In March 2012, Fernand Brunschwig, Chair, STEMteachersNYC and editor of Robert KarplusÕ textbook for non-science college students, Introductory Physics: A Model Approach, posted the  note below to the physics modeling listserv. In October 2014, he gave me updated URLs, which are here, in place of the outdated ones.  – Jane Jackson


I quote Fernand Brunschwig in March 2012.


Energy as the ability to do work is a definition that is suited for the traditional approach that makes mechanics the foundation for all of physics, which is what most or all physics courses do.


At least for a "liberal arts physics" or a "physics for the general public," and probably also for a "physics for scientists and engineers" course, I think, with Richard Muller, that it is better to start with a more general definition that can more easily be seen to include thermal phenomena.


In Introductory Physics: A Model Approach, Ch. 4 ("Matter and Energy"), Robert Karplus begins with "the inherent power of a material system, such as a person, a flashlight battery, or rocket fuel, to bring about changes in the state of its surroundings or in itself." [You can freely read the chapter at Log in as <guest> and use the password <guest>. JJ]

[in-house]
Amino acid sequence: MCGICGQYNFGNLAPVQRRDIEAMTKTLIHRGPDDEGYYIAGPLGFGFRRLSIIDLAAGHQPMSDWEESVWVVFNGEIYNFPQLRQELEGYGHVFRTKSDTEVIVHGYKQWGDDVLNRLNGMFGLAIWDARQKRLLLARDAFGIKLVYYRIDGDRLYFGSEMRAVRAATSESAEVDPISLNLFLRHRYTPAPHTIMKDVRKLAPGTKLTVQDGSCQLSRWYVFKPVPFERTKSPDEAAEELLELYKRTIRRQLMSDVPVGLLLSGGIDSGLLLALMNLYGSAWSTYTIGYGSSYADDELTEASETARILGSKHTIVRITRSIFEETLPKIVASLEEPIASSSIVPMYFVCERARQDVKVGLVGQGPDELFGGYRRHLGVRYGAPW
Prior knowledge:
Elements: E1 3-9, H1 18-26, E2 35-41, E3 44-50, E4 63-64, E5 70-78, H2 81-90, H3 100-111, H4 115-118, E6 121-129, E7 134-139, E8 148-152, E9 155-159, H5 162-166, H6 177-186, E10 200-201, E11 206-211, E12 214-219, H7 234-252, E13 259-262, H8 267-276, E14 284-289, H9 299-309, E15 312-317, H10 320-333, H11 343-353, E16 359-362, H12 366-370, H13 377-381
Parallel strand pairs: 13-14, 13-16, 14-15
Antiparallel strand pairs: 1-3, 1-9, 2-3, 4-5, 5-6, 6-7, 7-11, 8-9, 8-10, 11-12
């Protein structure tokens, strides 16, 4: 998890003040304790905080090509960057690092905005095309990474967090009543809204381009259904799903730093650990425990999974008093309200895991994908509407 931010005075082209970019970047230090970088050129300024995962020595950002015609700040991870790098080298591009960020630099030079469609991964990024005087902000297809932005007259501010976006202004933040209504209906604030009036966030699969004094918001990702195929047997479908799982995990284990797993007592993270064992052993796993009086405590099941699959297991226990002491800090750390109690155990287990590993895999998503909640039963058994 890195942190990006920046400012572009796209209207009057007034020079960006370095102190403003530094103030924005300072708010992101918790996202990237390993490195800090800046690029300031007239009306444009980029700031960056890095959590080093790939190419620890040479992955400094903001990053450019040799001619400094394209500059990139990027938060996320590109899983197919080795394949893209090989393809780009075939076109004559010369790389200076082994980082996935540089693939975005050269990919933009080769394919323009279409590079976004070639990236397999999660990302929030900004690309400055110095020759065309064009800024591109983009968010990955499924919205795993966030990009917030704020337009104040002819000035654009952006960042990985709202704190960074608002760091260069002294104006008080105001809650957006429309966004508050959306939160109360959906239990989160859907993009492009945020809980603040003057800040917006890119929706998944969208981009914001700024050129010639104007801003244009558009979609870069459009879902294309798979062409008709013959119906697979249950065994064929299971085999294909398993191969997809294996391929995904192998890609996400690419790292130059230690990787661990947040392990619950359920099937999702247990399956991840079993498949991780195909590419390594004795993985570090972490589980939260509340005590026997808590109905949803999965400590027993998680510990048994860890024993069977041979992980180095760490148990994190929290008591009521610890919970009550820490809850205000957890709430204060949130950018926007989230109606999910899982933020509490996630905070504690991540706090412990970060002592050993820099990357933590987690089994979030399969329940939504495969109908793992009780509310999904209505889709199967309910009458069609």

I also recently organized and conducted a workshop on teaching energy for PhysicsTeachersNYC [later called STEMteachersNYC – JJ], for which I developed a series of energy diagrams that, I believe, would be useful in teaching energy using Karplus' approach. My idea is that students could be shown one or two of the simpler diagrams so that they would understand the meaning of the flow arrows and the way that the before/after bar charts must reflect conservation of energy, and they could then be asked to complete some of the diagrams with the energy flow arrows and the levels on the energy bar charts omitted.


Here's the URL where I've published 4 of the energy diagrams [by 2014, many others too – JJ]:

1. Ball thrown vertically:
2. Carry backpack up hill:

3. Person pushing crate across floor:

4. Car braking

I've created other diagrams, with and without the arrows and values on the bar charts, which I could publish if others are interested.